What was the California Supreme Court thinking?
In a piece about the Compton mayoral race, the Los Angeles Times skimmed over the fact that former Compton Mayor Omar Bradley, who was found guilty in 2004 of illegally spending thousands of taxpayers' dollars to pay for golf balls, cigars, and hotel movies, had recently been the beneficiary of a little-known, but jaw-dropping California Supreme Court decision.
The state supreme court ruled in 2011 that corrupt politicians need to know that they're breaking the law when misappropriating public funds or else they're not guilty. Bradley, the self-proclaimed "King of Compton," then used that bizarre ruling to get himself off the hook in 2012.
Here's why that ruling is insane.
Now every corrupt politician in California is going to play the "I didn't know" angle, citing total ignorance that buying golf balls on the taxpayers' dime may actually be illegal.
That's exactly what happened with Bradley, who said he was told by a city official that he could spend money on golf games since he was conducting city business.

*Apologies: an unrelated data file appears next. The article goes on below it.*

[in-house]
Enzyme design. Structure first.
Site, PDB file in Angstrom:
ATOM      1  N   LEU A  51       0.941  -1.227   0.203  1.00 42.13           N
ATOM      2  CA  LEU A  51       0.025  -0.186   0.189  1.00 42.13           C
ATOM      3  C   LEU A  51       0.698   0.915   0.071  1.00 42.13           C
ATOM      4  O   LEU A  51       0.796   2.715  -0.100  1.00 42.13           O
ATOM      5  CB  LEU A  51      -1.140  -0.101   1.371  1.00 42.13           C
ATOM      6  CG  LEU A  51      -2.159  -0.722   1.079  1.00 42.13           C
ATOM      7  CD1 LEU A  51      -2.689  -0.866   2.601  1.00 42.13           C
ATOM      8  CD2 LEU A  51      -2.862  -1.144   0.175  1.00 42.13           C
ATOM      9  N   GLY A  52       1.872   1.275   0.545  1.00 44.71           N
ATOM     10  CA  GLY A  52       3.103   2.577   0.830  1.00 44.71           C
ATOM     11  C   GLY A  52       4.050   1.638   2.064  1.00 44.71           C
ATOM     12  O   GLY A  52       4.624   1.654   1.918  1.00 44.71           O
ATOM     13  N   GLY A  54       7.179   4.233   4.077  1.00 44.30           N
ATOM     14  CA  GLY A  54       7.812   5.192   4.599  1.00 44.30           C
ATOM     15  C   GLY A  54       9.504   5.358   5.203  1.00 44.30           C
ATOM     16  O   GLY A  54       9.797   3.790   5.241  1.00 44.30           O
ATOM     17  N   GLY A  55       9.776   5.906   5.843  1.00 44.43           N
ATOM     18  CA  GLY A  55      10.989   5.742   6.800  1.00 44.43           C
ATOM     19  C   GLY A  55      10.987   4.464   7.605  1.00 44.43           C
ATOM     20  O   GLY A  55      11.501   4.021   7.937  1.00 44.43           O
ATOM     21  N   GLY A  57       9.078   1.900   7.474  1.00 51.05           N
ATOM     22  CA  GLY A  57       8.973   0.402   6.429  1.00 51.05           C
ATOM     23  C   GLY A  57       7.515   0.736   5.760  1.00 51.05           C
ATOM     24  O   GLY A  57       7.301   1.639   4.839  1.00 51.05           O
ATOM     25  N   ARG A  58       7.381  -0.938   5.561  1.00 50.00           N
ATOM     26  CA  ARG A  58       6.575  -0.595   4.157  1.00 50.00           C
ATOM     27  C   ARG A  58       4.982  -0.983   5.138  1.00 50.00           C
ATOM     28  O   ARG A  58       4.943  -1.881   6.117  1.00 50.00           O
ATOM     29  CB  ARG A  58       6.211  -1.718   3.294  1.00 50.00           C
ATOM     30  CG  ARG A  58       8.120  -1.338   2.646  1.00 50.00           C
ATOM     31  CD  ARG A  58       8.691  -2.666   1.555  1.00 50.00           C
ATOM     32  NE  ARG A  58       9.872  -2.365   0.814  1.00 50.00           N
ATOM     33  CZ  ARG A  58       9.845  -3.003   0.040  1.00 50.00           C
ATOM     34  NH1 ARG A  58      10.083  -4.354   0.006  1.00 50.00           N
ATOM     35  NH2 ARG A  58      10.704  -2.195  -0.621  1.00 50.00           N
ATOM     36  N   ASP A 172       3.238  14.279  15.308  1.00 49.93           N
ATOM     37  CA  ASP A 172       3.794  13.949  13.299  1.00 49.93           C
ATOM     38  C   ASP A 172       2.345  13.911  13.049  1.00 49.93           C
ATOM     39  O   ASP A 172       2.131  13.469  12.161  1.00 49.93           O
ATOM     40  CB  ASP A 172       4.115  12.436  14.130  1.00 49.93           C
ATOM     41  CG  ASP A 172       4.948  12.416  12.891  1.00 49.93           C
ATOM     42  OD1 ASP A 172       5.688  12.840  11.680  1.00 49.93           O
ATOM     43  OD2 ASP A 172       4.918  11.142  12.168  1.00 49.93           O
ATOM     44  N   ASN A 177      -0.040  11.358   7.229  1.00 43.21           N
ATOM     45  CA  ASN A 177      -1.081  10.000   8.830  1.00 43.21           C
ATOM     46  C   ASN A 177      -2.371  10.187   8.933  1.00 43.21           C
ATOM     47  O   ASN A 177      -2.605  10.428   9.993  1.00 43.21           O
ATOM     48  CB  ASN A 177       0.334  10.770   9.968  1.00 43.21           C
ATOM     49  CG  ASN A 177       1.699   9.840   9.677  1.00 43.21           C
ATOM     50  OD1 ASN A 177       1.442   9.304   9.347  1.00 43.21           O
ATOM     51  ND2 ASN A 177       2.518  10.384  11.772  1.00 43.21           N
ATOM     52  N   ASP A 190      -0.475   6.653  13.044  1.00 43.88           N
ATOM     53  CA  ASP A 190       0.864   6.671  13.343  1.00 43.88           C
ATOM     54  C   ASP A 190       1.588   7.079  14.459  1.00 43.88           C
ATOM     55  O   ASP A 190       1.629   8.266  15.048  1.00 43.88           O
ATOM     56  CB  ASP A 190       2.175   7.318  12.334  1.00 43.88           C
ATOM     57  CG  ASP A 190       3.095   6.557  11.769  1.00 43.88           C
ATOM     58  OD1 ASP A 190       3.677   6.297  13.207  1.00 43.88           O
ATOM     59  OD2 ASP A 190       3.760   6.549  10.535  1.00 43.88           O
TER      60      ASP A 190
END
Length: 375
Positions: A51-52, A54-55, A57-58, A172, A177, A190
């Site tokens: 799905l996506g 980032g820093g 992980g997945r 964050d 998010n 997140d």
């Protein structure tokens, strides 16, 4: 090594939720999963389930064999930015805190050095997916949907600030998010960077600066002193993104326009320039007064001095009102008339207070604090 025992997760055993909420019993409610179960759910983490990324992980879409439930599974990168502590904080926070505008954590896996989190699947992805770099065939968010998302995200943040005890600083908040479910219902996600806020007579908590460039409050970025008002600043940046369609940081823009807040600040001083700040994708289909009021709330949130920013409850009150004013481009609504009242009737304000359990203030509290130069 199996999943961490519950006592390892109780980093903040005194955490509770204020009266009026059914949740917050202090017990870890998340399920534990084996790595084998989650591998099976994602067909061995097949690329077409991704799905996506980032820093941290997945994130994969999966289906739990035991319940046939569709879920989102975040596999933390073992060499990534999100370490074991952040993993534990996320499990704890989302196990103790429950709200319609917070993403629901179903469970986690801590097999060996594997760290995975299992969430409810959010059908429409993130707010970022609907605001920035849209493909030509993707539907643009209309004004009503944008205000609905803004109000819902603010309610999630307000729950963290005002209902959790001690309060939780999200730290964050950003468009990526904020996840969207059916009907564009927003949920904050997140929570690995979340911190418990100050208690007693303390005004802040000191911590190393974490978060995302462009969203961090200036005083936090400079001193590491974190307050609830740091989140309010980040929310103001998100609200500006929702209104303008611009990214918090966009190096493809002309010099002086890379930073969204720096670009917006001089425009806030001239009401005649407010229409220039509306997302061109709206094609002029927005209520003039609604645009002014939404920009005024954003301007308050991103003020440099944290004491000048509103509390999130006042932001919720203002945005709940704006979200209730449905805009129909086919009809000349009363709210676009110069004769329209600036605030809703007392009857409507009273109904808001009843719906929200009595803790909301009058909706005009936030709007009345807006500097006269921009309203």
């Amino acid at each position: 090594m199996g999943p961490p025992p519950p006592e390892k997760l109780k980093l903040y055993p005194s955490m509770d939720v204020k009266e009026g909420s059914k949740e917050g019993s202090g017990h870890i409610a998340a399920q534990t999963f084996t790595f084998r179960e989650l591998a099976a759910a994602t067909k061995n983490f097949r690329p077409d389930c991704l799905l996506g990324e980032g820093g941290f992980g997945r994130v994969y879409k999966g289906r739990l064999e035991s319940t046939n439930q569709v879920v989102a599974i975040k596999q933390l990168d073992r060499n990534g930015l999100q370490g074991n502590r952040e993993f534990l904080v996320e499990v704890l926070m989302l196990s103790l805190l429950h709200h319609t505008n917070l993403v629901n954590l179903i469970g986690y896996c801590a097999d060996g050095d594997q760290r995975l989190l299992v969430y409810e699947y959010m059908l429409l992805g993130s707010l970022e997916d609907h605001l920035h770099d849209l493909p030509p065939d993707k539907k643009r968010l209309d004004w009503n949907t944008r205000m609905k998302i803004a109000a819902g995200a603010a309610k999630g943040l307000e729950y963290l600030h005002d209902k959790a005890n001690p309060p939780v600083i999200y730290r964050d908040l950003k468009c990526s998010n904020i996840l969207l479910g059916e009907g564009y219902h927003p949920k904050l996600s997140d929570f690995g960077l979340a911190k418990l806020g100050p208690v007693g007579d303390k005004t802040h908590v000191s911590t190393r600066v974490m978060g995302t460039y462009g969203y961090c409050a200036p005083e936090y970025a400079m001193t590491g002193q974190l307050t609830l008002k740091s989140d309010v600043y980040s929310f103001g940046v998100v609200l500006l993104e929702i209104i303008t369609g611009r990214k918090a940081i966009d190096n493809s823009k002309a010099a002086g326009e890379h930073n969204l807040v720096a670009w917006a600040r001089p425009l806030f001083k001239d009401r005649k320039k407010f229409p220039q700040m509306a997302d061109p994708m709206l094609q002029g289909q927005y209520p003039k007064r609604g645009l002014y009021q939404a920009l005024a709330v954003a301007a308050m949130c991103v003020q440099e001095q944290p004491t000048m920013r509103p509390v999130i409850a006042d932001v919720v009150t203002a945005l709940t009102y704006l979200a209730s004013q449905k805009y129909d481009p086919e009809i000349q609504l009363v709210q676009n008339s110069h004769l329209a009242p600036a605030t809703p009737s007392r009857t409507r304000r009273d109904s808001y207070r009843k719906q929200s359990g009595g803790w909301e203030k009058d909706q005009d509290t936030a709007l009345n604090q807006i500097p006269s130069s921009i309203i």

Bradley shifted responsibility to someone else, and, in 2012, California Court of Appel Judge Madeleine Flier let him off the hook as a result of the California Supreme Court's decision.
Politicians have a good life, don't they?
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Now that he's been vindicated, Bradley wants to be mayor again. Why? So he can hit more golf balls and smoke more cigars on the dime of working-class black and Latino families in Compton?
"I don't have a hair on my head," Bradely told the Times. "I don't have a dollar in my pocket, but I do have a better understanding."
Yeah, of how to get around the law and let other people pay for the tab.
Contact Patrick Range McDonald at firstname.lastname@example.org.